Amazon’s smart voice assistance was not so helpful on Friday morning, when it went offline for a number of hours.

According to the outage tracker website, Downdetector.com, Alexa and Amazon Web Services started to see a spike in issues from around 7am GMT (2am EST) on Friday 21 January and lasting until just after 10am GMT.

The outage hit Alexa services in the UK and Europe, including Germany and Italy. However the problem now seems to have been resolved.

Image credit: Amazon

Alexa outage

There has been no official word from Amazon about the matter, and unusually there is no information on the AWS Service Health Dashboard either.

Alexa powers Amazon’s Echo smart speakers, which launched in 2014. Alexa speakers are working normally in the UK at the time of writing.

There have been a number of Amazon outages of late.

Last month Amazon Web Services (AWS) experienced a second (albeit brief) outage of its services for certain parts of the United States.

The previous week to that, AWS suffered a major outage that impacted services such as Prime Video, the Amazon e-commerce website, and other applications that use AWS such as Ring security cameras and doorbells.

Silicon UK at the time found a cluster of problem reports last week centred around New York and Washington, but reaching as far a field as Dallas and Houston in Texas.

That AWS outage lasted up to six or seven hours.

Smart homes

This latest outage has caused a security expert to warn about over reliance on smart home technology, after multiple users took to social media to complain their Alexa wake up alarm or smart lights had not functioned properly Friday morning.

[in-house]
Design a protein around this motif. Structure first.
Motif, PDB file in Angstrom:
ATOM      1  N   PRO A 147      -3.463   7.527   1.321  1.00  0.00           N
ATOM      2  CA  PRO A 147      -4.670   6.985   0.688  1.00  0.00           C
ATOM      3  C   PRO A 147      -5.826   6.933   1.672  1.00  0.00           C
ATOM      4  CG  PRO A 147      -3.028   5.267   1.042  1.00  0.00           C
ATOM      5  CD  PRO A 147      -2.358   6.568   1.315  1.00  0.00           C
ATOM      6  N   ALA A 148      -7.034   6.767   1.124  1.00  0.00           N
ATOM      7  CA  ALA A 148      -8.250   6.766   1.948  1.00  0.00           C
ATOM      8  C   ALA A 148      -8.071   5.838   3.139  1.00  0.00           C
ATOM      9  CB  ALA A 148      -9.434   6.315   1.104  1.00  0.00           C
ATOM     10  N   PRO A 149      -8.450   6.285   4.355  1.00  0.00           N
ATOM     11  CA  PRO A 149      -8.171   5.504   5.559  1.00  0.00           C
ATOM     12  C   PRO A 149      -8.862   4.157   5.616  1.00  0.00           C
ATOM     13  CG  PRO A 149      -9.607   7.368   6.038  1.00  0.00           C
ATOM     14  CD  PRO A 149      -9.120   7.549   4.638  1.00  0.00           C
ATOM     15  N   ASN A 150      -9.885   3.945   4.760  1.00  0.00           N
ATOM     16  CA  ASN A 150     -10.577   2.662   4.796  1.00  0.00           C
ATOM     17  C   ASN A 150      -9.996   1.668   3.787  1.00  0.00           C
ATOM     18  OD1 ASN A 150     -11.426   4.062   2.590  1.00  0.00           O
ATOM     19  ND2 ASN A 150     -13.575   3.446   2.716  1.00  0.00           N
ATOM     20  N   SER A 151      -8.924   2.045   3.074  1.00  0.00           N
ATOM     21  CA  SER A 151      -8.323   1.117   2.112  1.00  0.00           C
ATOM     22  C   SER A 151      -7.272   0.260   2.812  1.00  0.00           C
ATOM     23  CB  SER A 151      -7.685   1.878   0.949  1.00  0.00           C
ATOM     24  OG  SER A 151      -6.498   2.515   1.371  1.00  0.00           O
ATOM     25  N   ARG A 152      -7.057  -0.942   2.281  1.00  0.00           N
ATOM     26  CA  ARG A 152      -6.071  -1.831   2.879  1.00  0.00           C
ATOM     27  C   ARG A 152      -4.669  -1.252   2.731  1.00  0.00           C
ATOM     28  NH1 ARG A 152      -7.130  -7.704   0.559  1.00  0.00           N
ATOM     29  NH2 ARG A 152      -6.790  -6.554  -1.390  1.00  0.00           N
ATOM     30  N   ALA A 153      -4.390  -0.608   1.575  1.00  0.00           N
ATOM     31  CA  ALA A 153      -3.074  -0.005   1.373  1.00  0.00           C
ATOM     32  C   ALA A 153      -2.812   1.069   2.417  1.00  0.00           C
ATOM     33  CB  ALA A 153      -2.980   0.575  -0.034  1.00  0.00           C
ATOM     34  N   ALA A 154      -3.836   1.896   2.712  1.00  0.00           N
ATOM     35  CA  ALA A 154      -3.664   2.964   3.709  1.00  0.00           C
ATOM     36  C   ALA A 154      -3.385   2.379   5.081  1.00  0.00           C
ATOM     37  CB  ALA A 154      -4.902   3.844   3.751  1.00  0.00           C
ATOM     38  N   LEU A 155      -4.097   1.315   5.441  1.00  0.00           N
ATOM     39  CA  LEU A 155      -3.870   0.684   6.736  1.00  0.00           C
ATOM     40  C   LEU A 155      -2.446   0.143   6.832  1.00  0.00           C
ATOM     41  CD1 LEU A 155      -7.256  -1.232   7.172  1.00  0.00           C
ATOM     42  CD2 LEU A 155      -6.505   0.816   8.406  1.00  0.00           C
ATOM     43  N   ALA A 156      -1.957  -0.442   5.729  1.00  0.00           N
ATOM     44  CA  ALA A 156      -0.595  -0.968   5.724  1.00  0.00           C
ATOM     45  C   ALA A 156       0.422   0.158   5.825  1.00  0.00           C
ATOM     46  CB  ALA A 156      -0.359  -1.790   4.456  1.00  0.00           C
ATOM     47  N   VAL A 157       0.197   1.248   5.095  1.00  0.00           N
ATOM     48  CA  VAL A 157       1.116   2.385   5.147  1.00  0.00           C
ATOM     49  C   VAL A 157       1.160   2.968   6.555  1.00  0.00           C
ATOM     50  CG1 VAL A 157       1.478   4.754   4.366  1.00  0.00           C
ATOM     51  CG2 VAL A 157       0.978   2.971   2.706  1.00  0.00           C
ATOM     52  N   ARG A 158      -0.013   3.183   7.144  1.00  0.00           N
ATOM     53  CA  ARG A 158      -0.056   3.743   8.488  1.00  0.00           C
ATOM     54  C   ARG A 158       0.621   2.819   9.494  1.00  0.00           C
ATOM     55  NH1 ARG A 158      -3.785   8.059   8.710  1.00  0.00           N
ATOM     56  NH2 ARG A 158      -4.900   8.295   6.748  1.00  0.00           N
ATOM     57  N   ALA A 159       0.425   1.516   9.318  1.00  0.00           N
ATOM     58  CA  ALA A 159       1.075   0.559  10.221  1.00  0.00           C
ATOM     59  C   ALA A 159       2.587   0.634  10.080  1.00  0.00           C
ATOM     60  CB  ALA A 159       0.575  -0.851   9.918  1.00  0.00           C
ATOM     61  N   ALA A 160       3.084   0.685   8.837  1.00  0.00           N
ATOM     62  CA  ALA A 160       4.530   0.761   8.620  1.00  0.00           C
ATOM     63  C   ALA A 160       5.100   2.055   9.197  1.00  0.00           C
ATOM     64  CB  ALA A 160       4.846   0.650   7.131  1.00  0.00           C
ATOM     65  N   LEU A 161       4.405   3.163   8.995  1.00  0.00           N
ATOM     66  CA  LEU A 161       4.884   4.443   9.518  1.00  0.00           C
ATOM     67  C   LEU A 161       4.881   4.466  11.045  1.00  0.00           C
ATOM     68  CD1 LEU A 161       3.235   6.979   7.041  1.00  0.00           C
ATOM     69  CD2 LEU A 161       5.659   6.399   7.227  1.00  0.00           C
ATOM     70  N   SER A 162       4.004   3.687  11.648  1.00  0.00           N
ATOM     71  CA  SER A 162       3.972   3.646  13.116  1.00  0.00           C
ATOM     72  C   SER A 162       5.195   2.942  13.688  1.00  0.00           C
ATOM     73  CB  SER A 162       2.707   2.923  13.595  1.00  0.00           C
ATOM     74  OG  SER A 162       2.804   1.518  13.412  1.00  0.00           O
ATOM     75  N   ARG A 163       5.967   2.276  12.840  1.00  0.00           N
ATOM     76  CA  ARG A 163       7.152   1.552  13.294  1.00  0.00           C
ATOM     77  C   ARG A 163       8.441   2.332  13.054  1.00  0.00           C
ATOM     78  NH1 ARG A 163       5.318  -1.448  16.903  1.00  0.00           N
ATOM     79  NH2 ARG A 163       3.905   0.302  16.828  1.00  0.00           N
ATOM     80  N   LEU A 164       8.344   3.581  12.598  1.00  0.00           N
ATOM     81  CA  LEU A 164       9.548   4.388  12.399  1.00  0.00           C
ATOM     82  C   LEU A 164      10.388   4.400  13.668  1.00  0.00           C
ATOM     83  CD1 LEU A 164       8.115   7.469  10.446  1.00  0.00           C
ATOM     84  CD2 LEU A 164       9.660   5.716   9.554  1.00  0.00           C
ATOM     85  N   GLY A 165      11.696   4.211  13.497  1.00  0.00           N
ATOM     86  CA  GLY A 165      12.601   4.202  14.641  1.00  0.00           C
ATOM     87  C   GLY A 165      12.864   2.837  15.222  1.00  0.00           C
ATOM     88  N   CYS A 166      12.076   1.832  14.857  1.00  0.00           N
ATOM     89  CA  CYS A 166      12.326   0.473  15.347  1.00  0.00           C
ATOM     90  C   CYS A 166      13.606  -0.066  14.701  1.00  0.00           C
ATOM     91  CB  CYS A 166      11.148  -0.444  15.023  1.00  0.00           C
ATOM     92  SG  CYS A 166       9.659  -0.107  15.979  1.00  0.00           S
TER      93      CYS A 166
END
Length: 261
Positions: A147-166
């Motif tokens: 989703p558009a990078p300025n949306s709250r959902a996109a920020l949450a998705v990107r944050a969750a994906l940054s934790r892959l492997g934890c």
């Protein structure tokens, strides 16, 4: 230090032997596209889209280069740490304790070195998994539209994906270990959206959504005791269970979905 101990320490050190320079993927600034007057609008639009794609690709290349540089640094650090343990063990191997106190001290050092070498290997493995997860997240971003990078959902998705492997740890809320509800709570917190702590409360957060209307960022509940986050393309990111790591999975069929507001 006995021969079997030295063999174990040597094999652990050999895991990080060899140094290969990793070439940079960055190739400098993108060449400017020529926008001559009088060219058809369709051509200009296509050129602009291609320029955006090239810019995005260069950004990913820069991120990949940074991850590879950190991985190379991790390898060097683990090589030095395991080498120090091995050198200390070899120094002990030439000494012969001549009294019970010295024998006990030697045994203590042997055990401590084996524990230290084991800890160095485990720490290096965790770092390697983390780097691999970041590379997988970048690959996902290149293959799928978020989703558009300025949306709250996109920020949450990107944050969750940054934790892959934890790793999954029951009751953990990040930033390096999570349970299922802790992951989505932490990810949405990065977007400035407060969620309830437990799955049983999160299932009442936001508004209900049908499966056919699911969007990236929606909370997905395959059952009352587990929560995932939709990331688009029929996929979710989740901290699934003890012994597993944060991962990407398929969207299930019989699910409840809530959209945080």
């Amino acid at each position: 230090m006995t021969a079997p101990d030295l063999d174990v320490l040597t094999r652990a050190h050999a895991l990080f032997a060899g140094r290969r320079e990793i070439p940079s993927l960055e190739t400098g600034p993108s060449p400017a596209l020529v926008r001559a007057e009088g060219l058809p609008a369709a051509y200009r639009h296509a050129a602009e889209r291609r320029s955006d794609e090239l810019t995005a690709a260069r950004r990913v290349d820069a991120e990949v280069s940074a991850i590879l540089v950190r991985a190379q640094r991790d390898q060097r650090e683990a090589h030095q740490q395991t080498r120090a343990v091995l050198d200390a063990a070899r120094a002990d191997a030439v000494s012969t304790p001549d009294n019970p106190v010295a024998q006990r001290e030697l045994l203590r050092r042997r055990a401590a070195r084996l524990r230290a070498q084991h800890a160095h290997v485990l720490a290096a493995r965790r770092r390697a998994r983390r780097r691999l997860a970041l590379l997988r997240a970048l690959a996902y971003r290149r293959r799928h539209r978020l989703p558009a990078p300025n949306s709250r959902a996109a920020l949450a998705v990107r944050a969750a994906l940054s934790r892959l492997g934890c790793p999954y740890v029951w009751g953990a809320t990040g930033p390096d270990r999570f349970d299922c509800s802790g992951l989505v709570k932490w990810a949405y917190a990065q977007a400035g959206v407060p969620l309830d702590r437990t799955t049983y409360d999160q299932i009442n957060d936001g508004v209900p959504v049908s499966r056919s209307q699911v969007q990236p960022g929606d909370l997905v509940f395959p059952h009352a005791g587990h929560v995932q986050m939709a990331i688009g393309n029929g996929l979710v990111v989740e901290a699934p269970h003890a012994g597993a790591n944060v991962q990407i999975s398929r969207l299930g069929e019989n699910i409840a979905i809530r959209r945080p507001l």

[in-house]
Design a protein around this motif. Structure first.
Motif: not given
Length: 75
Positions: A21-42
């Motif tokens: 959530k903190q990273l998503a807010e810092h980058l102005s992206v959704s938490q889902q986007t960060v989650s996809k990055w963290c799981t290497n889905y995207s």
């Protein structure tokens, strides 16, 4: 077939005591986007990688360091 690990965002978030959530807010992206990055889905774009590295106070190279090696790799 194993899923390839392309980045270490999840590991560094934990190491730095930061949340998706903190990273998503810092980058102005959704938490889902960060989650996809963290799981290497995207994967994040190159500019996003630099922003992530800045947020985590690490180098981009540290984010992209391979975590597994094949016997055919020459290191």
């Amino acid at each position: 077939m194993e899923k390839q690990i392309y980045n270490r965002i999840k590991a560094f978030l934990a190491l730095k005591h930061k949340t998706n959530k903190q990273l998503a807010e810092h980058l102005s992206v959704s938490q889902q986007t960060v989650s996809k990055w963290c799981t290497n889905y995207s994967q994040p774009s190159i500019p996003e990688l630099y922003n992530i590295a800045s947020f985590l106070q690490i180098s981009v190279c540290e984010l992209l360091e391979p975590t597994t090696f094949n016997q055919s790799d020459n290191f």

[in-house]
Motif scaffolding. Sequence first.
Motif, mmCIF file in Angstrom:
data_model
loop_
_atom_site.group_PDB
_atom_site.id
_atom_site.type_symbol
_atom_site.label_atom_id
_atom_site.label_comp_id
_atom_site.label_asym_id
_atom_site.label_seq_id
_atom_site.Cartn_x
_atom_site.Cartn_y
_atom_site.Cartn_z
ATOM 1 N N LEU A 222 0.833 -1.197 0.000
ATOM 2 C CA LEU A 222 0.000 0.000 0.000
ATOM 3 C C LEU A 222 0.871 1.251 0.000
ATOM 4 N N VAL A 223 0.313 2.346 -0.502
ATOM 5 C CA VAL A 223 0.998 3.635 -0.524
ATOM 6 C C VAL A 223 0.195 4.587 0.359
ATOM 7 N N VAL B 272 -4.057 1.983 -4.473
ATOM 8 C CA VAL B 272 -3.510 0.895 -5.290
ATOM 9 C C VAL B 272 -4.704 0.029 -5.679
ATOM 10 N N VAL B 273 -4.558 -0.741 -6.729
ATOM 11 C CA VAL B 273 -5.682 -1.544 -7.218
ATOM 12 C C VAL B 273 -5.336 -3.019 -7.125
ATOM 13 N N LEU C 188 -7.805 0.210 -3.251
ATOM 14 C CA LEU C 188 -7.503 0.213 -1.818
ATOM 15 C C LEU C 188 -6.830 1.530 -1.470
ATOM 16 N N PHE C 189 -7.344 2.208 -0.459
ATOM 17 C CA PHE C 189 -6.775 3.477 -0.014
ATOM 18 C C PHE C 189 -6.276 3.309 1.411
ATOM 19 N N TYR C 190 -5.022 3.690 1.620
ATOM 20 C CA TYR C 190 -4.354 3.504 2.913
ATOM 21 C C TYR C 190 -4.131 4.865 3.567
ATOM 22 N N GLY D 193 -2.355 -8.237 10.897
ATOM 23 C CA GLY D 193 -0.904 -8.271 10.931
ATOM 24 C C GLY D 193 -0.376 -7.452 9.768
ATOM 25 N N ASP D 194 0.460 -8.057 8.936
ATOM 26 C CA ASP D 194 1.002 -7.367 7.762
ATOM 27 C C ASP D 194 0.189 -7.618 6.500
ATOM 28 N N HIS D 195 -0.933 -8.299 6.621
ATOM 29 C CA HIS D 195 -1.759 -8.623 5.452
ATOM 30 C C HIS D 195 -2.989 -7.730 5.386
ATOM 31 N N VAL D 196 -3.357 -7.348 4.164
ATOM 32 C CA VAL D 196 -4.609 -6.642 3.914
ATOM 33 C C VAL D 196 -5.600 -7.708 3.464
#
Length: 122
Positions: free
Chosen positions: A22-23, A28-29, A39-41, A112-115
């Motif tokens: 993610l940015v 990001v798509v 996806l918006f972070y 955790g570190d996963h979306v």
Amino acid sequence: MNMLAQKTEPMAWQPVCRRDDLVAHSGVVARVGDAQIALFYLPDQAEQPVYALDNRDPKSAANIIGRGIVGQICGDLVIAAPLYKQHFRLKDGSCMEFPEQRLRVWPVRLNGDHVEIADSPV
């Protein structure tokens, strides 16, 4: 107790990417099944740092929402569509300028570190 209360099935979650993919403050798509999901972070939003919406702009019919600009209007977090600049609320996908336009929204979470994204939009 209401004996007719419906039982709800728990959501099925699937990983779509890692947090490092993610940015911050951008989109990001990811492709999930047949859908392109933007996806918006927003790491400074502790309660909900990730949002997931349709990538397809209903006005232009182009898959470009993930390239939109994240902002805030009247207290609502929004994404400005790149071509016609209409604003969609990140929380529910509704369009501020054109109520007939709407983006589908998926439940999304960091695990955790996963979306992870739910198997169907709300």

“Although it is difficult to predict whether or not this is a cyberattack on Amazon’s servers, it does pose the question of whether or not we are putting too much emphasis on smart technology in our homes,” noted Jake Moore, global cyber security advisor at ESET.

“Cyberattacks are still possible despite the increasingly sophisticated anti-malware technology that exists, and therefore we must never become complacent against the possibility of such a hack which can dramatically effect large numbers of people,” said Moore.

“Once we put all our eggs into one technological basket, there becomes one simple point of failure that can have a huge impact in a smart home and therefore our daily lives,” Moore concluded. “Using smart devices to control lights, heating and other areas of a home is extremely tempting but it is advised to always know if the backup “old fashioned” switches are still applicable.”

Tom Jowitt

Tom Jowitt is a leading British tech freelancer and long standing contributor to Silicon UK. He is also a bit of a Lord of the Rings nut...

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